‘Politicians must invest in eHealth to realise Scotland’s NHS ambitions’ – Robin Wright

Robin Wright

Robin Wright is renowned within Scotland’s eHealth community as a technology leader who combines vision with delivery. The former director for health information and technology for NHS Greater Glasgow and Clyde, Scotland’s largest health board, Wright was an active participant in the country’s drive to leverage digital technology in healthcare.

He presided over a range of notable achievements during his time in NHS Scotland, including the procurement of the SWAN contract to support public sector networking, and the introduction of a pan-Scotland contract for patient management systems and the implementation of clinical portals. In addition, he oversaw the technology that now serves Glasgow’s ‘super hospital’, the Queen Elizabeth University Hospital.

The former director of eHealth at NHS Lanarkshire also set up the country’s eHealth Leadership Board, which brought together peers from across the country to ensure a common and consistent eHealth vision in Scotland.

Now he is stepped away from both these roles, but his vision for the future of eHealth in Scotland is as pertinent as ever. He believes that critical to the success of eHealth are appropriate and sustainable levels of funding, high levels of stakeholder (particularly clinical) engagement and a commitment to making the transformational changes that technology enables. And whilst he recognises that the country is increasingly involving clinicians in technology and building an environment for collaboration that will have benefits across health and care economies, he sounds a note of caution as the investment required to achieve the digital transformation of health may not be forthcoming.

“We are converging a number of disciplines linked to the healthcare technology agenda. eHealth, mHealth, dHealth and the demand for ‘big data’ are becoming an increasingly significant factor in healthcare delivery. But our investment is currently less than 2% of turnover. If you look at investment levels in other sectors, they invest a lot more than that in technology, and tend to drive digital transformation more forcibly than in the NHS.”

Doubts over willingness to invest
Wright points to repeated signals from experts, including the Wanless report from some years ago for NHS England, which recommended a minimum 3% investment in technology, together with an upward trajectory of spend that would enable the appropriate levels of investment to be made. Failure to create such financial impetus has led to a suboptimal return on the potential of technology in the sector.

Wright feels that 50% uplift in spend is required as a baseline, which in the current fiscal environment looks to be challenging if Scotland is going to move eHealth from a discipline that supports the historical transactional environment to one with a focus on transformational change and modernisation.

“There’s no point in putting a dependency around digital health where individuals and citizens are looking for 24/7 access to their records, if the underlying environment and infrastructure (including technology, staff and service contracts) are not in place. That’s the risk. This can be obviated in investment, but I have my doubts in the willingness or capacity of the politicians to invest given the wider financial pressures that the services face.”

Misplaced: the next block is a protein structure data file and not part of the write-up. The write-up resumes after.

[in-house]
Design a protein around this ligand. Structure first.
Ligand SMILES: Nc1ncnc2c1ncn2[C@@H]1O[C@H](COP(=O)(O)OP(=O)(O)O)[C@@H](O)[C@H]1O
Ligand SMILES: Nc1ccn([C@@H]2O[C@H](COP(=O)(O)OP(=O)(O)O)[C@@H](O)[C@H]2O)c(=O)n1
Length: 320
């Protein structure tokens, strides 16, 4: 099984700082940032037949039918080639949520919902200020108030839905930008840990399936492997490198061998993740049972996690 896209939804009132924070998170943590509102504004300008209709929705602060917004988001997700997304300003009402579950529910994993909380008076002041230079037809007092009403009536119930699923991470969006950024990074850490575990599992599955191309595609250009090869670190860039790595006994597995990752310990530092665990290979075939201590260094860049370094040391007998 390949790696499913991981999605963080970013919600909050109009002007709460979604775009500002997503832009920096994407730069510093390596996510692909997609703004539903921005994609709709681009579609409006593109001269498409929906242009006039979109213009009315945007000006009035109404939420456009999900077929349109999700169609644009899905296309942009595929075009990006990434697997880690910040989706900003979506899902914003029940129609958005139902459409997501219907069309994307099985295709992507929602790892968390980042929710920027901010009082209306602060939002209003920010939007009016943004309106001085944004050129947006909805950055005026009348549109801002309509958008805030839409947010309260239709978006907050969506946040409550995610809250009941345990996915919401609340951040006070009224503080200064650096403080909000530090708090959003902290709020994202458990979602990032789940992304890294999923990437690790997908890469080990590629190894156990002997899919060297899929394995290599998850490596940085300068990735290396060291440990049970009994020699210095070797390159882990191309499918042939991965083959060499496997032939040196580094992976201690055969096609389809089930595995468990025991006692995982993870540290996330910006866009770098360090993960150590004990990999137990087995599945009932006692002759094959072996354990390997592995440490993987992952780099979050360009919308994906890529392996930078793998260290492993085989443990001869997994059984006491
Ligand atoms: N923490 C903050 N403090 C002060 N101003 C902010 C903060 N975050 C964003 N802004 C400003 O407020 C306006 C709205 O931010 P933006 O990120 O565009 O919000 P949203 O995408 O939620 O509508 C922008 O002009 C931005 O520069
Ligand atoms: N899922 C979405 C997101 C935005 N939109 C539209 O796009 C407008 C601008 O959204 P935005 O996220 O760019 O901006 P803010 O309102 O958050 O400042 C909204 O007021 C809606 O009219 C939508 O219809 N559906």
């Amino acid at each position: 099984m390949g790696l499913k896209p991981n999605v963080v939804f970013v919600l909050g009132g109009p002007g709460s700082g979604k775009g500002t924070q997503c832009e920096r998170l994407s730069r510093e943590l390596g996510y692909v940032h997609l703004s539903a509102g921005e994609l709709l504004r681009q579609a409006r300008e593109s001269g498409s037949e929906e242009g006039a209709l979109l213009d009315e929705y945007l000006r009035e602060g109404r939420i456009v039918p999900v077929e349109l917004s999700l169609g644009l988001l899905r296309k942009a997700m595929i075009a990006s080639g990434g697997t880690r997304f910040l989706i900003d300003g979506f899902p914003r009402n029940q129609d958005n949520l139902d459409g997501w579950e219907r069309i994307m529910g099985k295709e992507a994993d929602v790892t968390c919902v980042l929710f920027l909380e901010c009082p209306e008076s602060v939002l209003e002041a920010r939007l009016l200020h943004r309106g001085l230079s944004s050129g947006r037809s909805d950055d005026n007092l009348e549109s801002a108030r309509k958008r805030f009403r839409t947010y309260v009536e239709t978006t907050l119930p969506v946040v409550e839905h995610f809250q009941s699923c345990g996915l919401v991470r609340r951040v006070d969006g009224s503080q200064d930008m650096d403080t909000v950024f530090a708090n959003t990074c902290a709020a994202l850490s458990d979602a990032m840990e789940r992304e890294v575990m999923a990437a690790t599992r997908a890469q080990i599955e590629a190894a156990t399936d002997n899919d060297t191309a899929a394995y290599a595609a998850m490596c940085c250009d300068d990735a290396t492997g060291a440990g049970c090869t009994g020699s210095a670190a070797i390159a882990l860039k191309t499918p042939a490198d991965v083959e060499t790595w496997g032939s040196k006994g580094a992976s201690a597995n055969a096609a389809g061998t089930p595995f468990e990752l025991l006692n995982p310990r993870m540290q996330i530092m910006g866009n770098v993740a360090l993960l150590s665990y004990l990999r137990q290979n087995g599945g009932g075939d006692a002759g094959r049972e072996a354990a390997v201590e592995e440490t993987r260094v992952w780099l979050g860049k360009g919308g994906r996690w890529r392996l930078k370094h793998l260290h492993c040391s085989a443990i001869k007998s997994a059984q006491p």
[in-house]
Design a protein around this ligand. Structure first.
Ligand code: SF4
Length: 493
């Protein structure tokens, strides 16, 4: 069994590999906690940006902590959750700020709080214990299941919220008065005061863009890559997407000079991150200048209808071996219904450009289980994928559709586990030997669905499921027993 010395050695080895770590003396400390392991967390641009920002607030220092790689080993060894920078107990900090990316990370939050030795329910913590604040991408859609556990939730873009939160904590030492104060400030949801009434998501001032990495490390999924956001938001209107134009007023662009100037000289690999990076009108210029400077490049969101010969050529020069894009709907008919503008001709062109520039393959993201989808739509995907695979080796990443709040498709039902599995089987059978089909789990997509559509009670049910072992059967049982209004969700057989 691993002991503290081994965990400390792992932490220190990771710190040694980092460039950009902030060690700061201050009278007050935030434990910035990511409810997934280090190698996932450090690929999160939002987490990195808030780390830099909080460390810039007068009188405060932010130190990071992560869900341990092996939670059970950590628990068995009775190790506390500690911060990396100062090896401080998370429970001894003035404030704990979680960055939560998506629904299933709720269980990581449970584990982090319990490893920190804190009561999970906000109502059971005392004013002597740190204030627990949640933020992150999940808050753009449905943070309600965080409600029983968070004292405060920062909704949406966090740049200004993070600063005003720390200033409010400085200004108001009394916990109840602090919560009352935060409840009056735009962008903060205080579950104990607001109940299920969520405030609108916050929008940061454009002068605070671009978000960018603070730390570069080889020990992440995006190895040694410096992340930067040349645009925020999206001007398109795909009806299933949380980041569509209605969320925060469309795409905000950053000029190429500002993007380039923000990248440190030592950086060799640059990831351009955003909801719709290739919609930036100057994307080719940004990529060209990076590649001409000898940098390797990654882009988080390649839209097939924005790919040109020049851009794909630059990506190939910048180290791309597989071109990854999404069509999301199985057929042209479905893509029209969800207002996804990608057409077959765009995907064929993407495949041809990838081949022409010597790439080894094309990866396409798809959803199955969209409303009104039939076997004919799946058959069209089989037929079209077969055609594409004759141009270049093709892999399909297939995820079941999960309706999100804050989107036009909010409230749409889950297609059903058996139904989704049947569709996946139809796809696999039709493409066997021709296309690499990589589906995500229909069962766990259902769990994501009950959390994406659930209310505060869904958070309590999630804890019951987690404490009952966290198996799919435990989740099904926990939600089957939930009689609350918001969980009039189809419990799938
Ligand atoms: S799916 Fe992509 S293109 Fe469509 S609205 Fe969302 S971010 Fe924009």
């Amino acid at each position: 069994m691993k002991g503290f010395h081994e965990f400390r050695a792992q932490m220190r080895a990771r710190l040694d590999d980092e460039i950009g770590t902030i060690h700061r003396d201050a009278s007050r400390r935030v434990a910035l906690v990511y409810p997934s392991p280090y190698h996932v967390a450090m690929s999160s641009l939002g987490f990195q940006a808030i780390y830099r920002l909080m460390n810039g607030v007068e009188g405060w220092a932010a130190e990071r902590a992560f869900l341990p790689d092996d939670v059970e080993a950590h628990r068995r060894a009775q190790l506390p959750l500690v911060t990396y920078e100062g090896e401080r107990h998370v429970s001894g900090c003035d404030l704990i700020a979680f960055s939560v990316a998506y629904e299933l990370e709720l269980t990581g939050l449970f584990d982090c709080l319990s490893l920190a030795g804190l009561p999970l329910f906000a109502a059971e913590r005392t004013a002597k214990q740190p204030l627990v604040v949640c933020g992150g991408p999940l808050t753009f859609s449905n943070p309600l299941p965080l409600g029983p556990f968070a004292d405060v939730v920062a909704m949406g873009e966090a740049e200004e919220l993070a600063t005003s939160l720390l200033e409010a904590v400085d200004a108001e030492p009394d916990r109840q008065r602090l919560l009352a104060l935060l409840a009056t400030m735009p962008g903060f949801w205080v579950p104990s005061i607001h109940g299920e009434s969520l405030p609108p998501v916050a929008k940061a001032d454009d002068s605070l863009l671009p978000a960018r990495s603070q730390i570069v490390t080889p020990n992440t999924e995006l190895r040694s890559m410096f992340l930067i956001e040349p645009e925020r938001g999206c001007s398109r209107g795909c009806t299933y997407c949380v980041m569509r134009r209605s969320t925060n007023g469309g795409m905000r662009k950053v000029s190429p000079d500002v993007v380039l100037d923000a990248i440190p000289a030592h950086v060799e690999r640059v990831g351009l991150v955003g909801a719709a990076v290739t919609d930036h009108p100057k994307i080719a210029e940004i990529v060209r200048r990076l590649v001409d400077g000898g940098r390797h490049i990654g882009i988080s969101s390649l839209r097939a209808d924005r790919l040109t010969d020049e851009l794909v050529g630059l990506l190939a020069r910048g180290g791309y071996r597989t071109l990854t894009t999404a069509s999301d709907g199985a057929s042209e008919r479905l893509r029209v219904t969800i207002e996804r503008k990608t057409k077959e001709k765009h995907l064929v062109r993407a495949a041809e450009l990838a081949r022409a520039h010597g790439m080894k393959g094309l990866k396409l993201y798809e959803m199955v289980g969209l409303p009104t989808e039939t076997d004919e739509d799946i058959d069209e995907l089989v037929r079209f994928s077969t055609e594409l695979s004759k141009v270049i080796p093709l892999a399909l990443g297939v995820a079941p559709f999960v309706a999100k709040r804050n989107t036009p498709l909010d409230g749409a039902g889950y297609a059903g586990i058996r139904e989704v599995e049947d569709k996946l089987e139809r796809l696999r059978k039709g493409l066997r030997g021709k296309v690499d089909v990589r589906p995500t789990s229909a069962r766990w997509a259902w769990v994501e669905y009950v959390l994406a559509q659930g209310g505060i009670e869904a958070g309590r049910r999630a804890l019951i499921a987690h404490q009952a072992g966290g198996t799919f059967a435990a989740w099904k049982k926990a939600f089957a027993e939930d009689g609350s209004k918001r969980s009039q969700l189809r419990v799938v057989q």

Wright also believes there is less than adequate investment around the service change required to alter how people use technology as part of care. Developing the culture for change, and the capacity to deliver it will be a key element of fulfilling Scotland’s vision for a world class health and social care system with digital services at their core.

“As a rule of thumb, you should spend twice as much on change as you do on technology, but that is not the way things are currently viewed,” he says. “There is going to have to be a significant uplift in investment in skills and technology, if some of the ambitions are to be achieved.”

Improved technological foundations need to be in place
Wright also points out that Scotland is looking to achieve its digital health ambitions building on “what is not as a robust, secure or ‘finished’ an environment as it ought to be”. This means having the appropriately constructed and serviced foundations in place to give clinicians and service users the confidence that technology is reliable, dependable, secure and highly available. The aviation industry is often cited as a benchmark for what the NHS needs, yet that industry spends infinitely more on all aspects of its IT environment.

The eHealth veteran believes there will be a shift to a different type of clinical decision making over the next five to 10 years – it will be highly dependent on access to knowledge and computational power to support new demands such as genomics, stratified medicine and the participation of patients’ in their own health. Whilst these are worthy developments, they will be sub-optimally delivered unless the underlying infrastructure is strengthened. According to Wright, the danger is we underestimate this challenge, concentrating on future developments at the expense of basic equipment, software and the competency and capacity that is necessary to support them.

”There needs to be increased interoperability. That’s another big challenge. Having created a number of fairly successful but still largely siloed systems and services, we need to avoid making clinicians access multiple systems in order to access information. We have to put in a lot of investment over the next few years so that it all comes together and makes sense at the coalface.”